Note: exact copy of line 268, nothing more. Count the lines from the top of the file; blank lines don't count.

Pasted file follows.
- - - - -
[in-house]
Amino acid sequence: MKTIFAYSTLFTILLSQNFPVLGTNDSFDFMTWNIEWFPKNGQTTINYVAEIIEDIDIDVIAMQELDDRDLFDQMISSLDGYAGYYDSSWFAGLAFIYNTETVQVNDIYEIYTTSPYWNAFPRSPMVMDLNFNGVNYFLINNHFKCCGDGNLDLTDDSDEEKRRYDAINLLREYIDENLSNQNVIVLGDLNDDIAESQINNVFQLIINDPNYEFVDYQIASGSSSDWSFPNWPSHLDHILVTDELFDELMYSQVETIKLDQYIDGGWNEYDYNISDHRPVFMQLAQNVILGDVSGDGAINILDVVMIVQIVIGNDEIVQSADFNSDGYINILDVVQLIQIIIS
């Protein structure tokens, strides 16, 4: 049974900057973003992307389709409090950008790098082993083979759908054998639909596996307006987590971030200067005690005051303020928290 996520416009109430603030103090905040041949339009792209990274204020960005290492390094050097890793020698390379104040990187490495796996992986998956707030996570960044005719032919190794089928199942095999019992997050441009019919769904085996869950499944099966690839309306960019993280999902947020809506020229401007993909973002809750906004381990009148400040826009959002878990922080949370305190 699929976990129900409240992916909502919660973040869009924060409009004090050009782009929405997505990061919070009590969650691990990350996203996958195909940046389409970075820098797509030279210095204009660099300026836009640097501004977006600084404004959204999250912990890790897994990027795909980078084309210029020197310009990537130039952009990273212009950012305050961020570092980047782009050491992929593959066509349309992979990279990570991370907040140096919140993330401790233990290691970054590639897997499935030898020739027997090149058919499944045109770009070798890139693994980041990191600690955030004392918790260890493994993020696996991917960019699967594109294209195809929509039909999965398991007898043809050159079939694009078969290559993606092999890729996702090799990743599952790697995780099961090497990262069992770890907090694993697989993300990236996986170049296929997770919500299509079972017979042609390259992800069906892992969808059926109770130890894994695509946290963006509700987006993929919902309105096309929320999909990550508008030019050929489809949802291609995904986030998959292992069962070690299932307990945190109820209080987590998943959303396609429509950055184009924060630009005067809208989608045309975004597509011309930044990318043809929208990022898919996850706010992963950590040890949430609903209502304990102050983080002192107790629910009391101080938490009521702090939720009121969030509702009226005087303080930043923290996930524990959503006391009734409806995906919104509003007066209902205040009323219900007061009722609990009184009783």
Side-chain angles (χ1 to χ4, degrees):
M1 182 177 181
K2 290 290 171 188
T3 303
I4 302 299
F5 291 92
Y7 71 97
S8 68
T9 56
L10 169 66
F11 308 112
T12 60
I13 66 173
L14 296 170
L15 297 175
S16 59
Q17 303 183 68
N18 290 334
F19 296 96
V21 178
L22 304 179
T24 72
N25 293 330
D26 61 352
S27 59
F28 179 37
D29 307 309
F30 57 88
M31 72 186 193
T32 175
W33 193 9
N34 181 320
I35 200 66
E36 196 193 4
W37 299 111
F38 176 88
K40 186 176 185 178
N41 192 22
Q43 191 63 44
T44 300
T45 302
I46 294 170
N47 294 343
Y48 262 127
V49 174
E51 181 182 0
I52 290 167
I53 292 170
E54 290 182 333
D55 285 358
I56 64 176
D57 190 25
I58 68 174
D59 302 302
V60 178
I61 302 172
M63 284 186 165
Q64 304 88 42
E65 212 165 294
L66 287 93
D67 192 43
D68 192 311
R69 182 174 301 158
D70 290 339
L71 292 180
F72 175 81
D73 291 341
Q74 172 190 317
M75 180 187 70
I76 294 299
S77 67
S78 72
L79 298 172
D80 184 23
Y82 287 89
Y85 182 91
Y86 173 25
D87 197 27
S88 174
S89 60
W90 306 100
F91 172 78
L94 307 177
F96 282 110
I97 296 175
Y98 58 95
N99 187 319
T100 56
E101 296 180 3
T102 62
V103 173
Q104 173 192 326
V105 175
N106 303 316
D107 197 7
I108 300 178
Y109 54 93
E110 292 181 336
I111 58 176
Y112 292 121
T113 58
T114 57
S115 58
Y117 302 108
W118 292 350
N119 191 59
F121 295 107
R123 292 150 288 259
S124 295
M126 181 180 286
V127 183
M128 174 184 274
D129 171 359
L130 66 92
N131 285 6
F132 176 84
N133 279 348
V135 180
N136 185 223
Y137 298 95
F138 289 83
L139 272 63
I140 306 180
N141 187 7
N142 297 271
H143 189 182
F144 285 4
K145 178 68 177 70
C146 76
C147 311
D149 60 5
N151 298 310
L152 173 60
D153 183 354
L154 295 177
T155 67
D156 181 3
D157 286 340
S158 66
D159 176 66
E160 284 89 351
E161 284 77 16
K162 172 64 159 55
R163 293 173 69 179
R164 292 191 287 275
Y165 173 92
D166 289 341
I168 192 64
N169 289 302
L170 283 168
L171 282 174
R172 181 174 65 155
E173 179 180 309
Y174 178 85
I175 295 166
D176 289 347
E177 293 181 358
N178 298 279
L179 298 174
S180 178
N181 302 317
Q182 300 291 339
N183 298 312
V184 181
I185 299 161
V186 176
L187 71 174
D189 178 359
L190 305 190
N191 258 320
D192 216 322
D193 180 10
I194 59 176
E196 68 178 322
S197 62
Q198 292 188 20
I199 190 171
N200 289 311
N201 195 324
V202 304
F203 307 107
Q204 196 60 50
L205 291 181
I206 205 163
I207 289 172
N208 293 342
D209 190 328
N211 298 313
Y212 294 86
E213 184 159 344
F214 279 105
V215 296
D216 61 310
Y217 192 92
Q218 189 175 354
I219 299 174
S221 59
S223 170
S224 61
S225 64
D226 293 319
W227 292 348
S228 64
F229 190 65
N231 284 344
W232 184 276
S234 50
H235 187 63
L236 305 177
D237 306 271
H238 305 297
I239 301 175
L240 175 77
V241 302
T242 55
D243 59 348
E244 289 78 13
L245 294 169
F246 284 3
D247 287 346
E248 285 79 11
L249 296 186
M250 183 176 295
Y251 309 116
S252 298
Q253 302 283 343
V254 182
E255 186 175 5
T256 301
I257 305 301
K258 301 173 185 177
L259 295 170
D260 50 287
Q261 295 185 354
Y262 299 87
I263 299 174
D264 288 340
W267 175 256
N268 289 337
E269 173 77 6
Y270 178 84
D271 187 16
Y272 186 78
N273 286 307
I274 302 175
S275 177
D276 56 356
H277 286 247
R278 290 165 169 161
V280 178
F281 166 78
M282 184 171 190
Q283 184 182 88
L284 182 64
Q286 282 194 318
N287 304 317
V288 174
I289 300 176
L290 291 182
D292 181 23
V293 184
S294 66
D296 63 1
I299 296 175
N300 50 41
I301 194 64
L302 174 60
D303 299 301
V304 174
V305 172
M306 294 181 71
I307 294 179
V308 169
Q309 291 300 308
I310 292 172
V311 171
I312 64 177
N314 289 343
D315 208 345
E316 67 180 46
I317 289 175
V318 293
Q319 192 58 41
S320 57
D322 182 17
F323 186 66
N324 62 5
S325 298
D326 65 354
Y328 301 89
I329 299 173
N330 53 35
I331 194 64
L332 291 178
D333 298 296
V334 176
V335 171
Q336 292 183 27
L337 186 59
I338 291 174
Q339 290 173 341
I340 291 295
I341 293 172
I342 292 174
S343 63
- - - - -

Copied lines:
N300 50 41